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Jim Filippone

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A handsome, dark-haired Irish actor with a sweet schoolboy look and an abundance of charm, Stuart Townsend was an affirmed film lover but gave no thought to acting until a drama student girlfriend led to his enrolling in Dublin's Gaiety School of Acting. Upon graduating in 1994, he formed the theater company Ether for Lunch with friends. In 1995 he was cast in Gillies MacKinnon's "Trojan Eddie" (released in the USA in 1997), playing Richard Harris' nephew and Stephen Rea's assistant. A small role as the Irishman who sparks a sexual obsession in troubled Iris (Samantha Morton) in Carine Adler's gripping "Under the Skin" (1997) followed. Townsend first gained the notice of an admittedly small American audience with his co-starring turn alongside Dan Futterman and Kate Beckinsale as awkward techie turned con-artist Jez in the comedy "Shooting Fish" (1997). Sporting a most unfortunate hairdo and a disarming goofiness, Townsend won fans if not the girl. That same year Marc Evans' "Resurrection Man" would prove the actor's remarkable skill and versatility, with a positively riveting turn as a gun-wielding psychopath leading a gang of brutal Loyalists in 1970s Ulster. He next was featured in the 1998 French...

A handsome, dark-haired Irish actor with a sweet schoolboy look and an abundance of charm, Stuart Townsend was an affirmed film lover but gave no thought to acting until a drama student girlfriend led to his enrolling in Dublin's Gaiety School of Acting. Upon graduating in 1994, he formed the theater company Ether for Lunch with friends. In 1995 he was cast in Gillies MacKinnon's "Trojan Eddie" (released in the USA in 1997), playing Richard Harris' nephew and Stephen Rea's assistant. A small role as the Irishman who sparks a sexual obsession in troubled Iris (Samantha Morton) in Carine Adler's gripping "Under the Skin" (1997) followed.

Townsend first gained the notice of an admittedly small American audience with his co-starring turn alongside Dan Futterman and Kate Beckinsale as awkward techie turned con-artist Jez in the comedy "Shooting Fish" (1997). Sporting a most unfortunate hairdo and a disarming goofiness, Townsend won fans if not the girl. That same year Marc Evans' "Resurrection Man" would prove the actor's remarkable skill and versatility, with a positively riveting turn as a gun-wielding psychopath leading a gang of brutal Loyalists in 1970s Ulster. He next was featured in the 1998 French film "Mauvaise passe/The Escort" as a young man who introduces Daniel Auteuil's 45-year-old runaway to the gigolo lifestyle.

His endearing and certainly benign appearance made him an unlikely candidate to play a cool heartbreaker, but Townsend possessed just the right alluring spark to pull off such a role in Michael Winterbottom's "Wonderland." Here he played Tim, the ultimately disappointing romantic hope for lonely waitress Nadia (Gina McKee). Townsend next appeared as a 17th-century court jester in "The Venice Project" (1999), Robert Dornhelm's time-travelling comedy-drama set against the backdrop of the Biennale that was screened at the Venice Film Festival mere months after filming where it was met with a less than stellar reception. The actor fared a bit better at the 2000 Sundance Film Festival where he was featured in two motion pictures. Townsend had the title role of the modern Irish comedy "About Adam," playing a magically seductive young man who individually and very personally wins over an entire family, not unlike Terence Stamp's Visitor in Pier Paolo Pasolini's "Teorema." In the British-German co-production "Simon Magus," a 19th Century-set magic-infused look at life in a Central European shtetl, he was cast as the enterprising dairy farmer Dovid. Although Townsend was replaced by Viggo Mortensen in the cast of the highly anticipated "The Lord of the Rings" trilogy, his proven talent would assure the young actor a career trajectory that continued this upward climb.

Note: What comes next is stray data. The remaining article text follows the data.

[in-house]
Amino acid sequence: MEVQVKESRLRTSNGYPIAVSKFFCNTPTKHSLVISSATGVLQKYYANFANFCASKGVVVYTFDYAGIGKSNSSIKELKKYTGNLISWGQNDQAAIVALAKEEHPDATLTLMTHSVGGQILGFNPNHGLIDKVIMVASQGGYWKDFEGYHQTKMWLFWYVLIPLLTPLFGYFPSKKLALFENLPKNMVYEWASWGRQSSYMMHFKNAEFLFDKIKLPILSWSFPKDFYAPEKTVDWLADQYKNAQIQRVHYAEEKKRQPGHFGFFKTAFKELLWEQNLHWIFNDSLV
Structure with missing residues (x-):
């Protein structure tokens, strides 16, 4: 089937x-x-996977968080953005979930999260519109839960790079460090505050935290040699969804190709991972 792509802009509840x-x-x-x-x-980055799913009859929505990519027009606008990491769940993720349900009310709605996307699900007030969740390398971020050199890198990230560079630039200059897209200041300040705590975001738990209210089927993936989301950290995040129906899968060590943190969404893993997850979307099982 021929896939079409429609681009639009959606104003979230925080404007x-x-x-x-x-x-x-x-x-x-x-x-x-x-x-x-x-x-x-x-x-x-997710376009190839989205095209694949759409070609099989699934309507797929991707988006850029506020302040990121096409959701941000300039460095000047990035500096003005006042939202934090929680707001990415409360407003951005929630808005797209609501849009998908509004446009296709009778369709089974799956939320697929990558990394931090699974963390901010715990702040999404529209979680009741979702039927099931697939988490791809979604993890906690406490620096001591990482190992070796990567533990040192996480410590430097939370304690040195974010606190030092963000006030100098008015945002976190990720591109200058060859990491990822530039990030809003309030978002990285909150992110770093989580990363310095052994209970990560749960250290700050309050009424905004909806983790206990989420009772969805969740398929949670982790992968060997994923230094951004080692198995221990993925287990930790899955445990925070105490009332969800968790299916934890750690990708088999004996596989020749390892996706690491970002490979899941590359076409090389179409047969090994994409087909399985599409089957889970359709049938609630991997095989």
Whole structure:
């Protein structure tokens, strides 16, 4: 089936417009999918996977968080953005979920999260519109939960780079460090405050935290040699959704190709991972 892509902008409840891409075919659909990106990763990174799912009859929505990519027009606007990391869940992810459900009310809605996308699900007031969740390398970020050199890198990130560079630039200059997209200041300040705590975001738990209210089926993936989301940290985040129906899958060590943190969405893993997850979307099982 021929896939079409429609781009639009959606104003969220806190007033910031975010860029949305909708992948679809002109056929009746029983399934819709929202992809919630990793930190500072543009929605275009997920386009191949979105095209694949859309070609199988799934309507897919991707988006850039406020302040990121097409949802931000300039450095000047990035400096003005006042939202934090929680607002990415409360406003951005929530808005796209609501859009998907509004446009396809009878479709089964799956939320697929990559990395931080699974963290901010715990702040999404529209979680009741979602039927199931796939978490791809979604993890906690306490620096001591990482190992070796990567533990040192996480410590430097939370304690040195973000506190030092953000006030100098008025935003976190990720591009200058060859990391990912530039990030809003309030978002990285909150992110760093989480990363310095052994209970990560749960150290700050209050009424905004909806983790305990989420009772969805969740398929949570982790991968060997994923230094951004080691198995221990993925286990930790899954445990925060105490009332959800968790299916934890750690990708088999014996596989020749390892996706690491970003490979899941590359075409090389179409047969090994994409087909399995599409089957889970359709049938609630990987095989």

It wasn't long before Townsend got his moment to shine, as he was cast opposite late R&B singer Aliyah in the Anne Rice vampire movie "Queen of the Damned" in 2001. The movie was was originally set to go straight-to-video but was released following Aliyah's tragic and untimely death in a plane crash. Townsend exhibited his seductive powers as a vampire who comes back to the modern world as a rock star. This was immediately followed by his most high-profile starring role in 2002, when he played a father who outwits the criminals who kidnap his child in "Trapped," also starring Charlize Theron, Courtney Love and Kevin Bacon. His next major outing was as the famous literary 19th Century literary charcacter Dorian Gray in the comic book action adventure "The League of Extraordinary Gentlemen" (2003). After headlining the little-seen indie gambling drama "Shade" (2004), Townsend appeared opposite his real-life paramour Charlize Theron in the wartime melodrama "Head in the Clouds" (2004) as a a working-class Irish student drawn into the tulmultuous life of a brash, promiscuous party girl.

The actor next headed to the small screen playing supernatural detective Carl Kolchak in ABC's reboot of the classic Darren McGavin suspense series "Night Stalker" in 2005 .

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Filmographyclose complete filmography

CAST: (feature film)

1.
 Trapped (2002)
3.
 Invader, The (1997)
4.
 Contagious (1997) Helicopter Pilot
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